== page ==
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Vulvar atrophy and menopause

Vulvar atrophy (VVA, sometimes called atrophic vaginitis) is a physical condition that may explain any recent issues you may be having with painful intercourse in your intimate relationships. What is VVA? What does it mean if you have VVA?

VVA defined
VVA is a condition where the female inner genital walls become dry and inflamed, and is caused by low estrogen levels. Usually this happens during perimenopause and continues during postmenopause but some women may experience VVA while breastfeeding.

Having a dry and inflamed genital area often means painful intercourse and can affect your overall perception of yourself as a woman. Is there something wrong with me because I no longer enjoy my physical intimate relationships? Am I just getting older and I have to accept that part of my life is over? Does my partner think I no longer want to be intimate?

VVA symptoms
There are a number of health issues arising from VVA that can affect your overall genital health. Fluctuating acidic levels may lead to bacterial or yeast infections. You should watch for:
*Genital dryness, noticeable difficulty with intercourse or inserting tampons
*A burning sensation in the genital area
*Burning sensation while urinating
*Urgent need to urinate, some women become incontinent or have bladder leakage
*Painful intercourse, even bleeding after intercourse

What causes VVA?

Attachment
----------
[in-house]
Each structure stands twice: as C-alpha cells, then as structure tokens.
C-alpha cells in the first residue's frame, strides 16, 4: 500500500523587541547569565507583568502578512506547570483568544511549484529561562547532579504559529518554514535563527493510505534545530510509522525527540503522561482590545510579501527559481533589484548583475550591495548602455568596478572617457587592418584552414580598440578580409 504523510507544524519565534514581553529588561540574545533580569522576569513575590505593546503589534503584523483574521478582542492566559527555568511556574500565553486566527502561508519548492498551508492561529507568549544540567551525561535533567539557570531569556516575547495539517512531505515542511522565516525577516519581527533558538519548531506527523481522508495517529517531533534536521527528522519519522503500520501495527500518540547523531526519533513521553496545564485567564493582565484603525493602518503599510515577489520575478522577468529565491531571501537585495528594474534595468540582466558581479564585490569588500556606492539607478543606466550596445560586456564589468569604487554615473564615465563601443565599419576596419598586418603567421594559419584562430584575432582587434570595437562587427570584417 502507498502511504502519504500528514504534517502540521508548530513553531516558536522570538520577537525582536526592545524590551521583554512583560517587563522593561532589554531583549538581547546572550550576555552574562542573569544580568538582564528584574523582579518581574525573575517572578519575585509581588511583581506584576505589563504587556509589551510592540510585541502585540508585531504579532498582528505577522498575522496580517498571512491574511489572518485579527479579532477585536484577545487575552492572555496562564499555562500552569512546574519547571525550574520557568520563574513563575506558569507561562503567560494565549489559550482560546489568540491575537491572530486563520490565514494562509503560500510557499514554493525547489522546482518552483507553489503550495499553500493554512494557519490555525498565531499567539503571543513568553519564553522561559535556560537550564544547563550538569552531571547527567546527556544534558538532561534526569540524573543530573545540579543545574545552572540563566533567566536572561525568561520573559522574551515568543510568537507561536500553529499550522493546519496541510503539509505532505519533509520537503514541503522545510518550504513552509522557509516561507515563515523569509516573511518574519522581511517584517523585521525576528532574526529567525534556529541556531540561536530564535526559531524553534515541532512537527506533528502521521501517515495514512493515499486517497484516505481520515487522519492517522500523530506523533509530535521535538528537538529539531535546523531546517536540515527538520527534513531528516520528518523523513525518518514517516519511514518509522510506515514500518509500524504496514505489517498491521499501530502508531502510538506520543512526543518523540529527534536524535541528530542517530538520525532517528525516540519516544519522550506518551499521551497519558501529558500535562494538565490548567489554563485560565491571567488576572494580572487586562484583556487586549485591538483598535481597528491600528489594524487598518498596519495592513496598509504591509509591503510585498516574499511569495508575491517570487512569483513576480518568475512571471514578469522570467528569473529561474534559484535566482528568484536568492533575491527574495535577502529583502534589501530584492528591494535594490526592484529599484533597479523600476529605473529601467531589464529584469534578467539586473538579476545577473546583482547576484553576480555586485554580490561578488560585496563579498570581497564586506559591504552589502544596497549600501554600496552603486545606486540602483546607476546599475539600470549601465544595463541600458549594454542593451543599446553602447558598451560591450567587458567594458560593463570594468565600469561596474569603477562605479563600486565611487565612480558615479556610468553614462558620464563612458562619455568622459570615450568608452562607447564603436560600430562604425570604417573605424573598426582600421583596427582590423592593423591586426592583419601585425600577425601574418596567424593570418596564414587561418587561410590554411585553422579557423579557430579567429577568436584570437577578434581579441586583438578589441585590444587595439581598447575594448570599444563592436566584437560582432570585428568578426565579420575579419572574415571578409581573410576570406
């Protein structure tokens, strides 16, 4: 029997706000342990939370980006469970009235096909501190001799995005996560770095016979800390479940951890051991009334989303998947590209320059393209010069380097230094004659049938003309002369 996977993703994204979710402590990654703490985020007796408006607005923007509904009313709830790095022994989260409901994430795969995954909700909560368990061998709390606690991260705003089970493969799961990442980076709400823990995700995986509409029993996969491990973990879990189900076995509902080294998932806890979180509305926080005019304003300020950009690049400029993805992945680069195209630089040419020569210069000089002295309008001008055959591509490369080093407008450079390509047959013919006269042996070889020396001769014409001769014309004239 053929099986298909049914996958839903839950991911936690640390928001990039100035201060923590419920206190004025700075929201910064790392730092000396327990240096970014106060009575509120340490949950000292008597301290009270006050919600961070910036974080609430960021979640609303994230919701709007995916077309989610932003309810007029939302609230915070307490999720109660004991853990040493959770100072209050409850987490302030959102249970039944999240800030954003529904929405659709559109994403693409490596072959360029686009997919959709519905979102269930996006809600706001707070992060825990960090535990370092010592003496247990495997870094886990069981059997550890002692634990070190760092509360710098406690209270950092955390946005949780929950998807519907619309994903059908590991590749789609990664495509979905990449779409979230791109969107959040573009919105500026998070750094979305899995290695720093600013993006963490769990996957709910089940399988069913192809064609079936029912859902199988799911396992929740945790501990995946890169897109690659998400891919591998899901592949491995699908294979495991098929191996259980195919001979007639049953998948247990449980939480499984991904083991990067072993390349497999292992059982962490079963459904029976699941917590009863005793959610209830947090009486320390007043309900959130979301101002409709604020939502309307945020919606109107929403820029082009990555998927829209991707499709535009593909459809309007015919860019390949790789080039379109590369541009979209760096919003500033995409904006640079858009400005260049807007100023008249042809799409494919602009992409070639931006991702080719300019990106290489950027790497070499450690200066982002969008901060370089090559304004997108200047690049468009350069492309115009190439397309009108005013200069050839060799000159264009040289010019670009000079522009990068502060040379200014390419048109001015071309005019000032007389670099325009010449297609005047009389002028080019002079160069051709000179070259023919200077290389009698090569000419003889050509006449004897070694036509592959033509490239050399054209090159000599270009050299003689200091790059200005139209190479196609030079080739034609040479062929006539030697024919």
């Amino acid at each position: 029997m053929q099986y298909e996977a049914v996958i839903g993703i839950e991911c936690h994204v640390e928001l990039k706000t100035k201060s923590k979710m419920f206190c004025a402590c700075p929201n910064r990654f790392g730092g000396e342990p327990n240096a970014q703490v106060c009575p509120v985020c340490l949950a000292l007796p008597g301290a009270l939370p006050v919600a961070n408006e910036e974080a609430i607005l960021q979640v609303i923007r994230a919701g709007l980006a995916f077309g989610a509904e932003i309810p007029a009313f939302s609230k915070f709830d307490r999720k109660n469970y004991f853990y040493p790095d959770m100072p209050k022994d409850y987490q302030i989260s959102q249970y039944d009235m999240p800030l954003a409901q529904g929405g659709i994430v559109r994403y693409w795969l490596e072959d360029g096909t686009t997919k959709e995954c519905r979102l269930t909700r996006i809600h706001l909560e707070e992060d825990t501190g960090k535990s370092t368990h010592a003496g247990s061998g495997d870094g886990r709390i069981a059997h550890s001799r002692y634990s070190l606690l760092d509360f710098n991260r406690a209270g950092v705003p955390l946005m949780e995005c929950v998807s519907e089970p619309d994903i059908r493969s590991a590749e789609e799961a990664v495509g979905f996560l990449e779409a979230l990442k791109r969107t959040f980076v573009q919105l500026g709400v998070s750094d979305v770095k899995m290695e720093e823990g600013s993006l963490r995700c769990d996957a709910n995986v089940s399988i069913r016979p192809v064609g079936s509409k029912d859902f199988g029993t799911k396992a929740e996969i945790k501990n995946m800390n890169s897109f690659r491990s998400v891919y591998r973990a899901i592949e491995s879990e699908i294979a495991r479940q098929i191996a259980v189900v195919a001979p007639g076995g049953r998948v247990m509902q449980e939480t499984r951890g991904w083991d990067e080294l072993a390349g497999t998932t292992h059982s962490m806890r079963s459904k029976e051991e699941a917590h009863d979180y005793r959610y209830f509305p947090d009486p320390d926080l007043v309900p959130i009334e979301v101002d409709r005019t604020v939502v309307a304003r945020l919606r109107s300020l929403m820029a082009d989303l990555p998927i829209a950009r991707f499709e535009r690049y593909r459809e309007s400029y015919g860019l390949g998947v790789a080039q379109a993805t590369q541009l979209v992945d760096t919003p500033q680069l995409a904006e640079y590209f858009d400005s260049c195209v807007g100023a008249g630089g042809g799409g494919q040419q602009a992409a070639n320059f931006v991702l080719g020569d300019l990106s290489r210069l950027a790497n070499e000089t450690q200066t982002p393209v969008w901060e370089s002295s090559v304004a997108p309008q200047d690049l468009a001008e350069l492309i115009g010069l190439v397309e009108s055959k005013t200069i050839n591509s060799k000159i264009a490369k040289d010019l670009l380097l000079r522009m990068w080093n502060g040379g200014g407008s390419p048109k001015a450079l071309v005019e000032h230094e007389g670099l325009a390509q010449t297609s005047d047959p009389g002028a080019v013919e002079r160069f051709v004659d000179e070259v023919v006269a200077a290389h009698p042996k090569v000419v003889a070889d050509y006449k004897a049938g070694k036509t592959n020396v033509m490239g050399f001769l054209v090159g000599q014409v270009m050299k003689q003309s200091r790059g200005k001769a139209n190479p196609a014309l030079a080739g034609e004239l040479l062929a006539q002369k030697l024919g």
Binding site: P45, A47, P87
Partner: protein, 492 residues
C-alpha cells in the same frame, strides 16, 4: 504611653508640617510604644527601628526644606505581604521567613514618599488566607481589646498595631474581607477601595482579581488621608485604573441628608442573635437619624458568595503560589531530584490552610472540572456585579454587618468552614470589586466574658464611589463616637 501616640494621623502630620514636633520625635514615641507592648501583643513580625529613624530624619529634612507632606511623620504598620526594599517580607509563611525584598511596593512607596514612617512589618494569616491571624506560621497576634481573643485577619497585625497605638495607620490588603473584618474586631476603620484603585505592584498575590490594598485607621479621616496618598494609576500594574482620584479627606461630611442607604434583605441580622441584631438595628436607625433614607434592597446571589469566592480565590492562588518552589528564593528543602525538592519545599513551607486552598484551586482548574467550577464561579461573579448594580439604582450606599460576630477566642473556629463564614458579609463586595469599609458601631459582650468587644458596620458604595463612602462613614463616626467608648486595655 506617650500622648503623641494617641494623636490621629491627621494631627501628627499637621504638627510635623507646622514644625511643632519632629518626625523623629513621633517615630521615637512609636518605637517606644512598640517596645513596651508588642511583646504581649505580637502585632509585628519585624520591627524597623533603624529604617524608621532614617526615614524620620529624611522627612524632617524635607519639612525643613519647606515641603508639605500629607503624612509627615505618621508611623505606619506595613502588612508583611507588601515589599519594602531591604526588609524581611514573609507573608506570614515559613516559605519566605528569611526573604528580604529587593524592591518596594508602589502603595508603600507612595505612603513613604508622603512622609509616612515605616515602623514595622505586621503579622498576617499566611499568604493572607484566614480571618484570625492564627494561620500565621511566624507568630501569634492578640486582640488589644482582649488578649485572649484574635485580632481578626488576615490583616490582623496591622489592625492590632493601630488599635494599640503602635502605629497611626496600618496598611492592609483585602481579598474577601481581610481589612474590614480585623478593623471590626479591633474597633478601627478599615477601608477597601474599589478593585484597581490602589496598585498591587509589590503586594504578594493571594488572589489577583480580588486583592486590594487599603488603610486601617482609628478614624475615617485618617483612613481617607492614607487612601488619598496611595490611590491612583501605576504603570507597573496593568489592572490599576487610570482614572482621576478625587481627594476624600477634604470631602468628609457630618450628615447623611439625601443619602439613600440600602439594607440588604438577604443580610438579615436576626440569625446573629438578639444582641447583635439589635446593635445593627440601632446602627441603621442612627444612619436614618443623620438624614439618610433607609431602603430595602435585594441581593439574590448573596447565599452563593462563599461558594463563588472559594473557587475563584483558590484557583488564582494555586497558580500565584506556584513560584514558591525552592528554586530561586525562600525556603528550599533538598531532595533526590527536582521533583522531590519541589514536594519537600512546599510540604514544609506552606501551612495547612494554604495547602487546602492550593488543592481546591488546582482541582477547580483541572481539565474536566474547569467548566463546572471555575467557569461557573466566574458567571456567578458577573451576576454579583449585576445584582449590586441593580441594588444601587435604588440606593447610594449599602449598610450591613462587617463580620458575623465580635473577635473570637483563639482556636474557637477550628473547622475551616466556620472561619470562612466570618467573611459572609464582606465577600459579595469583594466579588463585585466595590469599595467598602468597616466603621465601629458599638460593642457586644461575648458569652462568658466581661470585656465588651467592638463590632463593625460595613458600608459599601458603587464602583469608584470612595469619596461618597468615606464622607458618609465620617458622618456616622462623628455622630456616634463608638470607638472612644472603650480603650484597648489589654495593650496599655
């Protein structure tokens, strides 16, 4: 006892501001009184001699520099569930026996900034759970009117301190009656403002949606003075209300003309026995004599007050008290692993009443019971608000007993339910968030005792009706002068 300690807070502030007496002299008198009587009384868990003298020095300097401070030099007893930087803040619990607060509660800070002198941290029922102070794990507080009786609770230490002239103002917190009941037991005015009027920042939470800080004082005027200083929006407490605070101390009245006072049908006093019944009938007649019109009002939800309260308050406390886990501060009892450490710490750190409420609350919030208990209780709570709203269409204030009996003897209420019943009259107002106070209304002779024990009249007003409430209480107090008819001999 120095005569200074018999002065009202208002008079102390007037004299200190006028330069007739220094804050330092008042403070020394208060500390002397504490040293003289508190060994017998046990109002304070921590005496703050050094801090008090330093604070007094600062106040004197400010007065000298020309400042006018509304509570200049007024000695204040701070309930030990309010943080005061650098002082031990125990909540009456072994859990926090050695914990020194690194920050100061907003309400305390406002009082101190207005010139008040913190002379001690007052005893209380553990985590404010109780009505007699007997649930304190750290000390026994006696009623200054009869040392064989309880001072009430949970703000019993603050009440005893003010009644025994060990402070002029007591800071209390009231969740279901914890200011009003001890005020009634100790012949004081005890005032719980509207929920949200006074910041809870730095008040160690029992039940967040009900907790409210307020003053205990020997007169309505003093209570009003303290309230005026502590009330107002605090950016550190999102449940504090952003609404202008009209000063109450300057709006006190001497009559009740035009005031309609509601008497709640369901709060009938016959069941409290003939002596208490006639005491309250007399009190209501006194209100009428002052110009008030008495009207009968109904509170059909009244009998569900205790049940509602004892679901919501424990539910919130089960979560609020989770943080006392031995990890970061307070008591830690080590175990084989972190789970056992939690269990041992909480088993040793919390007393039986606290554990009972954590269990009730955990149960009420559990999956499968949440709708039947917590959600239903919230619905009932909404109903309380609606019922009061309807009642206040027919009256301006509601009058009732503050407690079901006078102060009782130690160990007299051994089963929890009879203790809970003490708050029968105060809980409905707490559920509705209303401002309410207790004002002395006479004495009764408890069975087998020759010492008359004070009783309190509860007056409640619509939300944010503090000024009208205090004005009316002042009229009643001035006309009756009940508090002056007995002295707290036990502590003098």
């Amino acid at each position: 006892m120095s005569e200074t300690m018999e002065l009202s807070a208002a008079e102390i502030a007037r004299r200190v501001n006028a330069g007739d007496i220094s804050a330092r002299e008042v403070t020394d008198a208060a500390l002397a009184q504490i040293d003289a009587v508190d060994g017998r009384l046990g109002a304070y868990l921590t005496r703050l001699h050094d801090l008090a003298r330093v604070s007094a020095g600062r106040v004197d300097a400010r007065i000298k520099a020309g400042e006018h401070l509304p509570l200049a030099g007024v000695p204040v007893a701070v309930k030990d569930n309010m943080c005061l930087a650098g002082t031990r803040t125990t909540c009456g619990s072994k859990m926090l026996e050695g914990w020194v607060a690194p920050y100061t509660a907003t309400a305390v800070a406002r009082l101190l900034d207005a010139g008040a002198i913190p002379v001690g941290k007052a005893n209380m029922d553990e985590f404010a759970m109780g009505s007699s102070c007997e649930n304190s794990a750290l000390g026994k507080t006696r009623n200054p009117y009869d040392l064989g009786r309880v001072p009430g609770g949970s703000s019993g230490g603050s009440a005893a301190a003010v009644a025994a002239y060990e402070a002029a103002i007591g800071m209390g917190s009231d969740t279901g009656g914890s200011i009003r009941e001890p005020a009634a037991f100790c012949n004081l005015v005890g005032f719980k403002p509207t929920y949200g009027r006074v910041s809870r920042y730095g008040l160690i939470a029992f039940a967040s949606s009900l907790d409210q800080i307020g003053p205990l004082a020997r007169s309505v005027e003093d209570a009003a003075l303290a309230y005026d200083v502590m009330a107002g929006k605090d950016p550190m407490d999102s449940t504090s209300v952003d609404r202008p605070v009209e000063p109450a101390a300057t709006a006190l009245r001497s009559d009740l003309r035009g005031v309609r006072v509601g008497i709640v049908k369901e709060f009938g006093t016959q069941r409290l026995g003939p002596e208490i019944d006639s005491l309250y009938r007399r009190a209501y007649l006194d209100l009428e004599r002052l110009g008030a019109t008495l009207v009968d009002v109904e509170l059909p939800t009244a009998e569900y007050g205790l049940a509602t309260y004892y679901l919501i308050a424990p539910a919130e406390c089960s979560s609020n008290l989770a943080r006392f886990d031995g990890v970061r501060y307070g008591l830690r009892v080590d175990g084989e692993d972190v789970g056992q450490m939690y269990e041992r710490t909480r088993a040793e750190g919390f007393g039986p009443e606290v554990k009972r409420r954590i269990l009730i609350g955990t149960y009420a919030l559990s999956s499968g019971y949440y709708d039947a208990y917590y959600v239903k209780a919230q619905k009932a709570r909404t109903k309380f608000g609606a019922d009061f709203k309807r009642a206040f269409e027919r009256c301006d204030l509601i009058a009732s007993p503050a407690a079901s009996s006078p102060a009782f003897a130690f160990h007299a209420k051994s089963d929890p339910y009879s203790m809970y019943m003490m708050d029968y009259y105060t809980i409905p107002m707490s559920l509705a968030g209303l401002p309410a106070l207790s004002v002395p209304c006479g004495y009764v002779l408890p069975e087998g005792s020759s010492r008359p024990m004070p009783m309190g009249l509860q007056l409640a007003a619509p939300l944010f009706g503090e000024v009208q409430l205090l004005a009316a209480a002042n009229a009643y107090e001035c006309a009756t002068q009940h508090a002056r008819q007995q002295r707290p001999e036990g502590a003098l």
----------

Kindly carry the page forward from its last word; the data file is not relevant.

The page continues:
You may notice some of the following symptoms:
*Perimenopause and increasing severity through to the postmenopause years
*While breast-feeding
*Surgically induced menopause
*Radiation and/or chemotherapy treatments for cancer
*Taking breast cancer hormone treatments

In addition, some factors may increase your risk of developing VVA. Smoking, an overall health menace, affects blood circulation, cell oxygen levels, and leads to genital dryness. Some studies suggest that women who have delivered their children by C-Sections, or women who never delivered a child, are more likely to develop VVA but there is still some debate as to why. Women who use scented bath products, douches, or hygienic sprays may also develop symptoms similar to VVA.

VVA and your doctor
You may be reluctant or embarrassed to talk to your doctor about having any of the above listed symptoms. It helps to write down the symptoms you are experiencing and frequency. Even just handing a sheet of paper to your doctor can help explain what is happening to you in a less embarrassing way, and start a meaningful conversation about your health. Once your doctor has an idea about your symptoms and lifestyle, he or she can use a pelvic examination, Pap test, and urine test to determine if you have VVA.

VVA diagnosis and treatment
For mild genital irritation, your doctor may simply recommend a topical cream to treat itchiness and burning. For a VVA diagnosis, topical estrogen creams or oral estrogen tablets can increase hormone levels. Your doctor may also suggest genital moisturizers or lubricants for use during intercourse to help alleviate any discomfort. Oddly enough, gynecologists point out that regular physical intercourse helps keep the genital area healthy by increasing blood flow, which in turn helps make physical contact less irritating and more pleasurable.

Never be embarrassed to talk to your doctor about VVA, and be sure to let your partner know. Keeping the lines of communication open means taking charge of your health and enjoying all aspects of your life that you wish to keep vibrant during and beyond menopause.

Need some more research info? Head to the Mayo Clinic Website at www.mayoclinic.com.

Keep track of your body's changes with Menopause, Your Doctor, and You

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Content copyright © 2013 by Tammy Elizabeth Southin. All rights reserved.
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